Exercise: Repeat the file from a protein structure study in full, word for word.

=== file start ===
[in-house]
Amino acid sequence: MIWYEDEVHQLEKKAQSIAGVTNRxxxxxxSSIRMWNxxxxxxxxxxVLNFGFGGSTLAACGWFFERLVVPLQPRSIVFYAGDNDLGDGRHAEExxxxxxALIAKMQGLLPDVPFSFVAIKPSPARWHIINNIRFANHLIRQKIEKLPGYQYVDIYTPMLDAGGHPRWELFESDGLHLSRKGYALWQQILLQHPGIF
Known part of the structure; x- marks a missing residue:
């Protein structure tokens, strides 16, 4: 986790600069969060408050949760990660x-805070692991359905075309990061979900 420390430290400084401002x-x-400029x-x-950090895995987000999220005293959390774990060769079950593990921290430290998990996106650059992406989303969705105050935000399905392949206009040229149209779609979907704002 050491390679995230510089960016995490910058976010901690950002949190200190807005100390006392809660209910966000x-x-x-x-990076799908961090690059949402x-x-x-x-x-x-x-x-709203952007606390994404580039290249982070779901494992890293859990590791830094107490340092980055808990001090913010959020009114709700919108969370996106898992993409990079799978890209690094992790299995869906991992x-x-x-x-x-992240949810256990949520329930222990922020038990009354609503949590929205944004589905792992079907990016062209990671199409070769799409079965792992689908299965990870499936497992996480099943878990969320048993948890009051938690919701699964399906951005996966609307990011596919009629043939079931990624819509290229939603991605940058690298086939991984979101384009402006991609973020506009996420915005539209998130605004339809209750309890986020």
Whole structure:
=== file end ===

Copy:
[in-house]
Amino acid sequence: MIWYEDEVHQLEKKAQSIAGVTNRxxxxxxSSIRMWNxxxxxxxxxxVLNFGFGGSTLAACGWFFERLVVPLQPRSIVFYAGDNDLGDGRHAEExxxxxxALIAKMQGLLPDVPFSFVAIKPSPARWHIINNIRFANHLIRQKIEKLPGYQYVDIYTPMLDAGGHPRWELFESDGLHLSRKGYALWQQILLQHPGIF
Known part of the structure; x- marks a missing residue:
């Protein structure tokens, strides 16, 4: 986790600069969060408050949760990660x-805070692991359905075309990061979900 420390430290400084401002x-x-400029x-x-950090895995987000999220005293959390774990060769079950593990921290430290998990996106650059992406989303969705105050935000399905392949206009040229149209779609979907704002 050491390679995230510089960016995490910058976010901690950002949190200190807005100390006392809660209910966000x-x-x-x-990076799908961090690059949402x-x-x-x-x-x-x-x-709203952007606390994404580039290249982070779901494992890293859990590791830094107490340092980055808990001090913010959020009114709700919108969370996106898992993409990079799978890209690094992790299995869906991992x-x-x-x-x-992240949810256990949520329930222990922020038990009354609503949590929205944004589905792992079907990016062209990671199409070769799409079965792992689908299965990870499936497992996480099943878990969320048993948890009051938690919701699964399906951005996966609307990011596919009629043939079931990624819509290229939603991605940058690298086939991984979101384009402006991609973020506009996420915005539209998130605004339809209750309890986020």
Whole structure: